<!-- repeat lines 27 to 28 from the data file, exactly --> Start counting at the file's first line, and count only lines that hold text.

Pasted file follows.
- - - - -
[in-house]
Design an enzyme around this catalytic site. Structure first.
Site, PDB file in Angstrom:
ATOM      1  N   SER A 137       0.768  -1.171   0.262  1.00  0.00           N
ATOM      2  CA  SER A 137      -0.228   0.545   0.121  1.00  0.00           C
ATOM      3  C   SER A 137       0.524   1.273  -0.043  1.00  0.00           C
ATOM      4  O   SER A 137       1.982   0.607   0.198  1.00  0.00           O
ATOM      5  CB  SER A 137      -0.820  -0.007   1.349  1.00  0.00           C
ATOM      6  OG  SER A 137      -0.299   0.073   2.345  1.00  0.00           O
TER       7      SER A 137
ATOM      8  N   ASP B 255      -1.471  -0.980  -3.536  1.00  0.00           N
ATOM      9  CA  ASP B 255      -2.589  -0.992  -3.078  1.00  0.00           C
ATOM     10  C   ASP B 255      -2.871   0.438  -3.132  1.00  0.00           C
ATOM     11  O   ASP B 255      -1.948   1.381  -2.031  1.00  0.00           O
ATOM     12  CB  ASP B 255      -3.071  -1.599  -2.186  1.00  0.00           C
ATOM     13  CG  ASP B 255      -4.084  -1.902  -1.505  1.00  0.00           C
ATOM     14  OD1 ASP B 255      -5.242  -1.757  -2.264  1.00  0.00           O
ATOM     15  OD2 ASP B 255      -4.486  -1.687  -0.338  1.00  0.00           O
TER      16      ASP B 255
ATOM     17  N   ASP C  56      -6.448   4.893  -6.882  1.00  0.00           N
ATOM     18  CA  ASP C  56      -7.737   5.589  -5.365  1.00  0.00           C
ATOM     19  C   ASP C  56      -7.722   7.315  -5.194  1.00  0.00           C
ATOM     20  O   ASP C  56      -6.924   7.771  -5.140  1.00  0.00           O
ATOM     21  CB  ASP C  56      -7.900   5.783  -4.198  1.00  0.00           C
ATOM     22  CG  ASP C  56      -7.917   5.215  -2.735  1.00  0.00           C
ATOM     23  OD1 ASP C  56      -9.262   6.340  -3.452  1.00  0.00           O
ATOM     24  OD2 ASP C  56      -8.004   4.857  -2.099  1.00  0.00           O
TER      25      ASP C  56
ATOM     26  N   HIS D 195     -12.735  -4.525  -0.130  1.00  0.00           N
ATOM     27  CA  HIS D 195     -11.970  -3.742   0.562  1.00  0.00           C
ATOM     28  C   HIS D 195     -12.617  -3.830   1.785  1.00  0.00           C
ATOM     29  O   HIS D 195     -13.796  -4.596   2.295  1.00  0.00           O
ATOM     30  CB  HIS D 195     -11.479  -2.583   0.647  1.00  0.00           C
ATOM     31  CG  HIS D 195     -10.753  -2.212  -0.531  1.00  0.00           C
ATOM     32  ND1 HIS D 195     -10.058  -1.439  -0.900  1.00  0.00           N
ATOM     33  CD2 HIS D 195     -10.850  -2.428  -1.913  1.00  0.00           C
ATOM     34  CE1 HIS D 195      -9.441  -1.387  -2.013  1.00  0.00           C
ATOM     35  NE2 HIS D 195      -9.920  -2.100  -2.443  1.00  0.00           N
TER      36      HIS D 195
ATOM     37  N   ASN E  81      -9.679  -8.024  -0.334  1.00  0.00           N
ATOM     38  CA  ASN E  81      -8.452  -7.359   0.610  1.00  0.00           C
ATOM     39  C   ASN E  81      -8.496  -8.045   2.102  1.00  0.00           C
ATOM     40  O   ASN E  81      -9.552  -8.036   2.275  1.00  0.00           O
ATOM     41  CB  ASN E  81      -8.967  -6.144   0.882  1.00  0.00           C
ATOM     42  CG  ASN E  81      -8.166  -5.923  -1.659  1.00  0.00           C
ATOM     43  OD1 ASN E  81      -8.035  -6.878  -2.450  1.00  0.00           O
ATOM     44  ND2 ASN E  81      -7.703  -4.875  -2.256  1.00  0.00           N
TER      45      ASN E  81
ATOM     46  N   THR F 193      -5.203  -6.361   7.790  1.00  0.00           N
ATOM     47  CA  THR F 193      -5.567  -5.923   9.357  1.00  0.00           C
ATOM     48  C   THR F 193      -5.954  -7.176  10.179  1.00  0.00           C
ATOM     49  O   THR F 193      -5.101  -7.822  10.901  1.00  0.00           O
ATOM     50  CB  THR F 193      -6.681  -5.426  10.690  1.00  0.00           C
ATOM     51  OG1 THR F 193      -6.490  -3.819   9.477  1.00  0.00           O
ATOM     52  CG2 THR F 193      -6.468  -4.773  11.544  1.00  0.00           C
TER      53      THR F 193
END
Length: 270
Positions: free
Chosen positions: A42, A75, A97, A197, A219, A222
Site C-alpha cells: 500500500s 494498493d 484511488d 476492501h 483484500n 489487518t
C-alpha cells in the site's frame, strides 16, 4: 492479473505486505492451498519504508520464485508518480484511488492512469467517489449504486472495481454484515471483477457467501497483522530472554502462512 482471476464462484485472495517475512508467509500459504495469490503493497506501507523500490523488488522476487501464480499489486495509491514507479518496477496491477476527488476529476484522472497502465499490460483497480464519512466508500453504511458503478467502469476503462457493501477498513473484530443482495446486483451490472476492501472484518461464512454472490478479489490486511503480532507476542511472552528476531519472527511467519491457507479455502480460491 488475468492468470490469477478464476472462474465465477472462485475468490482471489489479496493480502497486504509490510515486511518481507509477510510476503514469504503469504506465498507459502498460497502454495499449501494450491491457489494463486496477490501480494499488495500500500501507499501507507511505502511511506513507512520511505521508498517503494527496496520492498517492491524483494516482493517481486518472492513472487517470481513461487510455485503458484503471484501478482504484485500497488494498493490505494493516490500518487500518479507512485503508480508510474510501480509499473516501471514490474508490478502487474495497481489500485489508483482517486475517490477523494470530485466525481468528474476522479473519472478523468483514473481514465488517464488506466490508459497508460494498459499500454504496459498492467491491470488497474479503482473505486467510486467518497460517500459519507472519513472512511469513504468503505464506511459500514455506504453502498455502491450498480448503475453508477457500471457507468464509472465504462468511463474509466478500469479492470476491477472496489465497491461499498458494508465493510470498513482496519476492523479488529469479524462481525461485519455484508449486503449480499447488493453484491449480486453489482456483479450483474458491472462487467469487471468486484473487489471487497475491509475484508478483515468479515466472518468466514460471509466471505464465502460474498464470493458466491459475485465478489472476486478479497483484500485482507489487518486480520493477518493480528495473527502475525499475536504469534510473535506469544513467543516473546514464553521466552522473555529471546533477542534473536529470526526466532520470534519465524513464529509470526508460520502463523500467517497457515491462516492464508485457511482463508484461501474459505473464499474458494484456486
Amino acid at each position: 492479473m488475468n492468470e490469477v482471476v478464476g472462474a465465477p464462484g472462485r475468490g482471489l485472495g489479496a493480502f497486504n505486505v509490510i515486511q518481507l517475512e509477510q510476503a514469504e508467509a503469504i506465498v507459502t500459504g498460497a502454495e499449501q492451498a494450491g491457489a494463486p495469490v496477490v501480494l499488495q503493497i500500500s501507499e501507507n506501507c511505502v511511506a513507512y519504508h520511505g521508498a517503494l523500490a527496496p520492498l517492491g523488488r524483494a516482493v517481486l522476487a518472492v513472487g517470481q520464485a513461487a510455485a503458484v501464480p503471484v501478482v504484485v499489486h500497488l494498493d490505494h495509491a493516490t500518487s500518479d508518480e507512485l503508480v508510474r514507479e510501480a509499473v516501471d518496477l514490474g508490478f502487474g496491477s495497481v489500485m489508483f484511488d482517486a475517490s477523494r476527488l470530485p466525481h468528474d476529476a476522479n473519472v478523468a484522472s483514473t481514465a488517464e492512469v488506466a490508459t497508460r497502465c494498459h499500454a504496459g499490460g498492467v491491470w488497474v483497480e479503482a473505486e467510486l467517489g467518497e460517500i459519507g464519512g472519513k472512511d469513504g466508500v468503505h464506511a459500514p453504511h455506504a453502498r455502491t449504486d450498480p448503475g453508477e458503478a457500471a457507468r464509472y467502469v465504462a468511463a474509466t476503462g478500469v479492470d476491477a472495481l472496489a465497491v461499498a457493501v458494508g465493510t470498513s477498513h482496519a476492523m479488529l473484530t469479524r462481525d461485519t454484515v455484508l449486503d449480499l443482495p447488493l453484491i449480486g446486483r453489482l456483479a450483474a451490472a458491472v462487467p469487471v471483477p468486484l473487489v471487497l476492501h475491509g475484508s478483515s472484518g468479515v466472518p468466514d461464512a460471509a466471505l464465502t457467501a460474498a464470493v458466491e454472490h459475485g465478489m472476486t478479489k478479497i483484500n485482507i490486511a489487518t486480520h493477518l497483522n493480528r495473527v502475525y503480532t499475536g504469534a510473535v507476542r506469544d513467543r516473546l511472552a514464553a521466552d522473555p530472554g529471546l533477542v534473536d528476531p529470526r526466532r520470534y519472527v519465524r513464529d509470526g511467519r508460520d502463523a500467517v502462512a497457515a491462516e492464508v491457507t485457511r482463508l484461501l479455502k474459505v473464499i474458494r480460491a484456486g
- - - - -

ATOM     24  OD2 ASP C  56      -8.004   4.857  -2.099  1.00  0.00           O
TER      25      ASP C  56